The rates at which one nation's currency can be used to purchase another affects all the trade between those two countries by raising or lowering the relative prices of goods traded between them. Exchange rates are particularly monitored for effects on a nation's import and export of goods.
Foreign currency exchange is the result of trading between nations. Since most sellers prefer to be paid in their local currency, an international buyer must buy the seller's currency with his own. When this happens, the price of that currency is set by the ability of the buyer to pay.
The price of an item is typically determined solely by the buyer's willingness to pay and the seller's willingness to sell. The added cost of exchanging one currency for another can increase or decrease the cost of an item. This cost difference can result in an increase or decrease in demand for goods or services produced in another country, because they are cheaper or more expensive than those produced domestically.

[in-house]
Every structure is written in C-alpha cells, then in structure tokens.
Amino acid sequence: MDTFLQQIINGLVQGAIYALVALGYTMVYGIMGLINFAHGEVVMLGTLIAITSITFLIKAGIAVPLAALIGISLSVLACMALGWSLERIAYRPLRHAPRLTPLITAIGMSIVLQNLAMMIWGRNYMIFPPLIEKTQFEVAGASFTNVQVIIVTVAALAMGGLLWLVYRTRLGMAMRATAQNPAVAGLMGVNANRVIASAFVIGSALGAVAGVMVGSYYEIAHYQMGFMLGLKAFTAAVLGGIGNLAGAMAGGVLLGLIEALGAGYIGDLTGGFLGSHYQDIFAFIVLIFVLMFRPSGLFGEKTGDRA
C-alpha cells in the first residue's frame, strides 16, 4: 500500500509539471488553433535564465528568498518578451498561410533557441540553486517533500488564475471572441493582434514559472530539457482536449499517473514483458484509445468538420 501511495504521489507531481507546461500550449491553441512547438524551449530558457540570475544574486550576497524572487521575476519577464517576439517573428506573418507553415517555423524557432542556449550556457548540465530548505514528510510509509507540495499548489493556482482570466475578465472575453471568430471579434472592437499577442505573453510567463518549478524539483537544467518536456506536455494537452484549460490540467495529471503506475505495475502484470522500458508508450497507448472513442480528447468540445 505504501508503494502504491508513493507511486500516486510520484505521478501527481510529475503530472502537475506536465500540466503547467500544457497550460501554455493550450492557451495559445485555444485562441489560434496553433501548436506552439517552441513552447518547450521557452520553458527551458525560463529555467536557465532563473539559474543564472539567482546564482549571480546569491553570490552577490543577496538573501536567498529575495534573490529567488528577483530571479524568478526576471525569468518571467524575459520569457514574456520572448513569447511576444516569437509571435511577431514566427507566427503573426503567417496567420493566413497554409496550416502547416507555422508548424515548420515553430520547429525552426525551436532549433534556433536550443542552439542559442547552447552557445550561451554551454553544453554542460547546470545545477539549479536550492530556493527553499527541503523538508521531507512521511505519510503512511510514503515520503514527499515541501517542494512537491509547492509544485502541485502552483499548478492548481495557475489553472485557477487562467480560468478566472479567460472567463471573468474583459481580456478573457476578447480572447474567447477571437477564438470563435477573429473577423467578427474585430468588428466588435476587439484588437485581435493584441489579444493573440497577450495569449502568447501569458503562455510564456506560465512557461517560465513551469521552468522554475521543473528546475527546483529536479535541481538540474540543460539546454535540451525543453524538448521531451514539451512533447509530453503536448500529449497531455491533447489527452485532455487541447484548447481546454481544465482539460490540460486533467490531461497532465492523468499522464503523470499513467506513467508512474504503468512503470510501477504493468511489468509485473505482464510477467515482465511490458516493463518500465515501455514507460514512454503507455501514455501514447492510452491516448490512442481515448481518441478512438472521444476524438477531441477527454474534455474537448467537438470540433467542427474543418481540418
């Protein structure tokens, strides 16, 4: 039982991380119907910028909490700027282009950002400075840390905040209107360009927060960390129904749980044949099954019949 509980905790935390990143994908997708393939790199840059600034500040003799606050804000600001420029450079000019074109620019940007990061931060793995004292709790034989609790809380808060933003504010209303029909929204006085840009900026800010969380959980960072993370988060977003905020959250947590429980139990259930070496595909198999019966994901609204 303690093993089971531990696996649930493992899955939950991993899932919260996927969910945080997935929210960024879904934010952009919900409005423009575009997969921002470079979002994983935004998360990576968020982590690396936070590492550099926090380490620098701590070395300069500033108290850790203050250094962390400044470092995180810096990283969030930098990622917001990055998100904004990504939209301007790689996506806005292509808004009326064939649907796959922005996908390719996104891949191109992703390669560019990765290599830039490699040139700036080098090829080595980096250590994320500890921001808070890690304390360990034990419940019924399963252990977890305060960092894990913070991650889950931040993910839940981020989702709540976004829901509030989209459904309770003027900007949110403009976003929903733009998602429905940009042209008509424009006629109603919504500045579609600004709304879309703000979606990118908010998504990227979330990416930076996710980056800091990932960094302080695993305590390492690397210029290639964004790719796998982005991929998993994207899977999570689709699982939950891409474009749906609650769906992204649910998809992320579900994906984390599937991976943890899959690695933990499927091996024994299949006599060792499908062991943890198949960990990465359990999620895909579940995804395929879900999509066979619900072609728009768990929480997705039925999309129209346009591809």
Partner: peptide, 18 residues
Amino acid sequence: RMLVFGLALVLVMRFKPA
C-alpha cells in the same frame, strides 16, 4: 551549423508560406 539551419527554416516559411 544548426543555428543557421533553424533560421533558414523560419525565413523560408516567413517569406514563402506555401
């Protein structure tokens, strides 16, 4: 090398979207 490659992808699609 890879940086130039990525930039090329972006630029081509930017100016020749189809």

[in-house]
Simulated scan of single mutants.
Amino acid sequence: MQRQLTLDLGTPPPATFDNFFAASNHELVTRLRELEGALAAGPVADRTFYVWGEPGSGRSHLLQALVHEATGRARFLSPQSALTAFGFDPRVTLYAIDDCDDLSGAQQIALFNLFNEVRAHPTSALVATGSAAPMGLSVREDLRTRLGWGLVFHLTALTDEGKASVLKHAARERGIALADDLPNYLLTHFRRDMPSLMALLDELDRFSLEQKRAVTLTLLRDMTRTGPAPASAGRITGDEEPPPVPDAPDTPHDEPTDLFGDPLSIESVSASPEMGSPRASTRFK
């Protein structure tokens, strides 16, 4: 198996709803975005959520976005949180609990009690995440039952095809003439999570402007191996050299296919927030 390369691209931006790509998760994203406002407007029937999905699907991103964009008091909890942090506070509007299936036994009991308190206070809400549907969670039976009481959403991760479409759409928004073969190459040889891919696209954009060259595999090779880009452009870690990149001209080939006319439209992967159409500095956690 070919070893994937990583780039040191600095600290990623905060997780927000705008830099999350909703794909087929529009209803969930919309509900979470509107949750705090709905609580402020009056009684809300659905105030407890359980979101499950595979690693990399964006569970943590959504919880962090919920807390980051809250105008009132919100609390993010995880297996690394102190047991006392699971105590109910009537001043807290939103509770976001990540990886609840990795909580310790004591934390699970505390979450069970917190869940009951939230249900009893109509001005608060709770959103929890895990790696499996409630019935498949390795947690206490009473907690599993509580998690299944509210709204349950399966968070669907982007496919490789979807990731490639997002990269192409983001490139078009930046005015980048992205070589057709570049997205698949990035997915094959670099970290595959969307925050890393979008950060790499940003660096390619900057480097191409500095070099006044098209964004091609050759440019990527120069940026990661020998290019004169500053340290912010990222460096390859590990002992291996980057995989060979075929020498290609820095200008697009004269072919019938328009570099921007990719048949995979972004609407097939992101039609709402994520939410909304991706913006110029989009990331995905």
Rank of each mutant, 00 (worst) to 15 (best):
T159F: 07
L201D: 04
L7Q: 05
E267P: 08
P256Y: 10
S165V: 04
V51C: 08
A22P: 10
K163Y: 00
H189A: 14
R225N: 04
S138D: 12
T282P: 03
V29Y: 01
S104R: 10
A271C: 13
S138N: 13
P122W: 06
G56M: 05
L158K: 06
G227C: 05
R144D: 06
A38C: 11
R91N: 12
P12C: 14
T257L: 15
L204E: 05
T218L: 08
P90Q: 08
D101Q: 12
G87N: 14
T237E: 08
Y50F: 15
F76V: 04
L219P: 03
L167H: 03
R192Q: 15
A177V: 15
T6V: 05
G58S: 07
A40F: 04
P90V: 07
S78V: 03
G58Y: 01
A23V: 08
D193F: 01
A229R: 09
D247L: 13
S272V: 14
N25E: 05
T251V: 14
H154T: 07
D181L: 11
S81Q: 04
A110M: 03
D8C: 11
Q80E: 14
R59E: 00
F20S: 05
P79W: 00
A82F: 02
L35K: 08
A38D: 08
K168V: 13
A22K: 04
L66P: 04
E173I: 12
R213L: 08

When the price of one currency falls, this makes it cheaper to buy goods from that currency's host nation. This in turn stimulates the host nation's economy by causing a surge in demand for its goods and services. However, the lower value of the currency also makes it more expensive to purchase foreign goods for residents of the host nation.
Conversely, when the price of a currency rises, foreign goods become cheaper relative to domestic goods. Domestic production may drop and imports can increase. However, the higher value of the currency makes those foreign-produced goods cheaper.